Communication

There’s a fraction too much friction

Ever since caveman days we’ve relied on others to ensure positive outcomes. Heading out on your own to grab a mammoth because you felt like a steak would have ended in a swift and probably painful death. Being on Zoom or Teams meetings means we’ve forgotten all our colleagues’ little quirks. As we’re slowly emerging …read more »

Show me the records!

At MAS, we’ve been part of and carried out hundreds of NATA assessments. It doesn’t take long before you start to see a pattern. You begin to see the same issues emerging and learn just where a lab is going to come unstuck. Labs know that preparing for their assessment is critical. But labs are …read more »

Are you listening??

“Most people do not listen with the intent to understand; they listen with the intent to reply.” So said Stephen Covey, author of ‘The 7 habits of highly effective people’. We’ve all been guilty of this. In our recent article we discussed asking the right questions. But the best questions in the world won’t matter …read more »

How to ask good questions

Many of us can spend large chunks of our day seeking information. Whether it’s an update from a team member, negotiations with a contractor or trying to get more than an ‘ugh’ from a teenager, we usually do this by asking questions. Asking questions fuels learning, improves interpersonal bonding and rapport plus it makes us …read more »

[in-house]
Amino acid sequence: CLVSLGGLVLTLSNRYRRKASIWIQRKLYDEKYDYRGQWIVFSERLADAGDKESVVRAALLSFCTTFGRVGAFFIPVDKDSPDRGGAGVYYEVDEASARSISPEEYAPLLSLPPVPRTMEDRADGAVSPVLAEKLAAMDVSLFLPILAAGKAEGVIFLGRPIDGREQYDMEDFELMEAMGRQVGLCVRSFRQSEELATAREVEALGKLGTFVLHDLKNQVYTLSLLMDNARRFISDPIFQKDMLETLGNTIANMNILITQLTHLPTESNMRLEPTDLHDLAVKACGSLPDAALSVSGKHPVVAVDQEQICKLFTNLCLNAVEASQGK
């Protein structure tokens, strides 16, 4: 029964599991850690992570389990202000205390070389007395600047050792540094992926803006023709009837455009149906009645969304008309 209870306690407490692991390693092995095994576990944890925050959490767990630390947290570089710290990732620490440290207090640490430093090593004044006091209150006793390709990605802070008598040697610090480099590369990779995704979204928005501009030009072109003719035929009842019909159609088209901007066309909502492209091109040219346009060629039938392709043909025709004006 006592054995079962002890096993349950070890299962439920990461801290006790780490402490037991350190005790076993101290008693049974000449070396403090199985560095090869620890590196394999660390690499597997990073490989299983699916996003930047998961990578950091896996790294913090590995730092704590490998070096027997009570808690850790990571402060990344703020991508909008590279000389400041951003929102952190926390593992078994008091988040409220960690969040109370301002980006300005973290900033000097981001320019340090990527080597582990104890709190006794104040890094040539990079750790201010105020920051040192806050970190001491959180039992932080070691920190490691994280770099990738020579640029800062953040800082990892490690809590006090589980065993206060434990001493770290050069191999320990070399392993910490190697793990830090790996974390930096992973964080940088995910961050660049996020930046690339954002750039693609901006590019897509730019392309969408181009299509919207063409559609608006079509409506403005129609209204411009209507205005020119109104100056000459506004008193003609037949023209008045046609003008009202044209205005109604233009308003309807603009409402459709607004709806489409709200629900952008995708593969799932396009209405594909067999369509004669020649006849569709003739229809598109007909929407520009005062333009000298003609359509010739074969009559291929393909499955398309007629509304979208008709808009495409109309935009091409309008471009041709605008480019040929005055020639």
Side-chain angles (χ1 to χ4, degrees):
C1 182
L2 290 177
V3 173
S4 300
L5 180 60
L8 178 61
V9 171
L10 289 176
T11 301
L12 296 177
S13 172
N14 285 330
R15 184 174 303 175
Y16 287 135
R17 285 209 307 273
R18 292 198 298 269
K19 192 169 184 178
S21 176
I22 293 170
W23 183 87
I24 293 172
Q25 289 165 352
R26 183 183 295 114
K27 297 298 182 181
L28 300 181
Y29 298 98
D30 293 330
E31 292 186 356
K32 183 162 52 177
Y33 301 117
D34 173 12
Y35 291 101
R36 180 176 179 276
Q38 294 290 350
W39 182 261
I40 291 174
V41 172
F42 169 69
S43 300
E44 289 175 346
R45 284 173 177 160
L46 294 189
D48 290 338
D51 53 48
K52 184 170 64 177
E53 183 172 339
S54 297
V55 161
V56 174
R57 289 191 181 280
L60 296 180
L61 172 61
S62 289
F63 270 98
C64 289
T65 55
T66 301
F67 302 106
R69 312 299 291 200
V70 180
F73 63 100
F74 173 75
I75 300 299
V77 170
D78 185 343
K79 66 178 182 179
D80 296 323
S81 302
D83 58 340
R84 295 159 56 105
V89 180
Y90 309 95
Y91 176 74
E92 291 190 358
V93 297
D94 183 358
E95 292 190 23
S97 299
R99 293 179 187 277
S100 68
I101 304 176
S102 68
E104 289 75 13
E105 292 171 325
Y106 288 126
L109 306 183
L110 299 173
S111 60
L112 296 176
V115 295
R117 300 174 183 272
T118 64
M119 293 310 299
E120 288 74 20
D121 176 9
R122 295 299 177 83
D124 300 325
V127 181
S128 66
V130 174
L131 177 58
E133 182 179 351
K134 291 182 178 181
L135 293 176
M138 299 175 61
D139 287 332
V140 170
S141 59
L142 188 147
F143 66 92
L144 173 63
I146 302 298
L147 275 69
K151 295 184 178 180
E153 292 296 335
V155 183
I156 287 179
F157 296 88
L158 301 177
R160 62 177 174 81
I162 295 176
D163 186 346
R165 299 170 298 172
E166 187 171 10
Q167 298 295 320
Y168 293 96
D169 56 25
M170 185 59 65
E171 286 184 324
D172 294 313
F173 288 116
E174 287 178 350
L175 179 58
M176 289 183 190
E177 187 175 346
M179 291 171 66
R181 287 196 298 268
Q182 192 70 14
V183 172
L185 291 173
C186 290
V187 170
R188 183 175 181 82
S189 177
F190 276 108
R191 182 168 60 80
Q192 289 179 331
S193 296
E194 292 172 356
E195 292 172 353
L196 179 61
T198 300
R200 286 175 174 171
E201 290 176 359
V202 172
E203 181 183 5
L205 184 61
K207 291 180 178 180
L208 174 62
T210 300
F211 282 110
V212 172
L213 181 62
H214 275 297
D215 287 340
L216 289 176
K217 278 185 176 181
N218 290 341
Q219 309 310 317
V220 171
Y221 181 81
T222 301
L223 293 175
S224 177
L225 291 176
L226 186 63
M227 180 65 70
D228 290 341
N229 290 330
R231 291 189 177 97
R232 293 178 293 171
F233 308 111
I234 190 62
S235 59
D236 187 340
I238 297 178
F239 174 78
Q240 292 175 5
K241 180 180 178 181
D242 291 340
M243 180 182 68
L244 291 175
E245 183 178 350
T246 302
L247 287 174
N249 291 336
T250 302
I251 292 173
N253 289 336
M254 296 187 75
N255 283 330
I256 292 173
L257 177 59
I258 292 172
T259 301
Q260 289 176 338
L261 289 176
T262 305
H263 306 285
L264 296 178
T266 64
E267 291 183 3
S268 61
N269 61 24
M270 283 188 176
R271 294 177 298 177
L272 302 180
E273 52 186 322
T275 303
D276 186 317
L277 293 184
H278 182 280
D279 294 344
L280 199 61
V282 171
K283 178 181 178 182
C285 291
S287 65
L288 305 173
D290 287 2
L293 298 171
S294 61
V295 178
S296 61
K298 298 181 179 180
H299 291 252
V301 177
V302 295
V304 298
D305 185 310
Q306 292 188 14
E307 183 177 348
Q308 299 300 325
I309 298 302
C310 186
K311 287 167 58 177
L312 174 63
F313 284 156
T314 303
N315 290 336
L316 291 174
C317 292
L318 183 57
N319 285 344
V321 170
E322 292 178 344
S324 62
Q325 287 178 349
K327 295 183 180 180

Shhh it’s a secret – confidentiality in the lab

We’ve all heard the expression knowledge is power. In the hands of cybercriminals, knowledge is also big business. In a lab setting, it’s understood that keeping information safe and secure is in the best interests of clients and your business. If you hold accreditation or certification, it’s also a requirement of the standard. ISO standards …read more »

Solving your communication breakdown

Quality communication: A recent article in the Sydney Morning Herald highlighted the plight of the critically endangered regent honeyeater. It seems that the male birds are either forgetting their birdsong, singing an abbreviated version, or beginning to mimic the songs of other birds. Since the females don’t recognise these songs they’re not matching with males. …read more »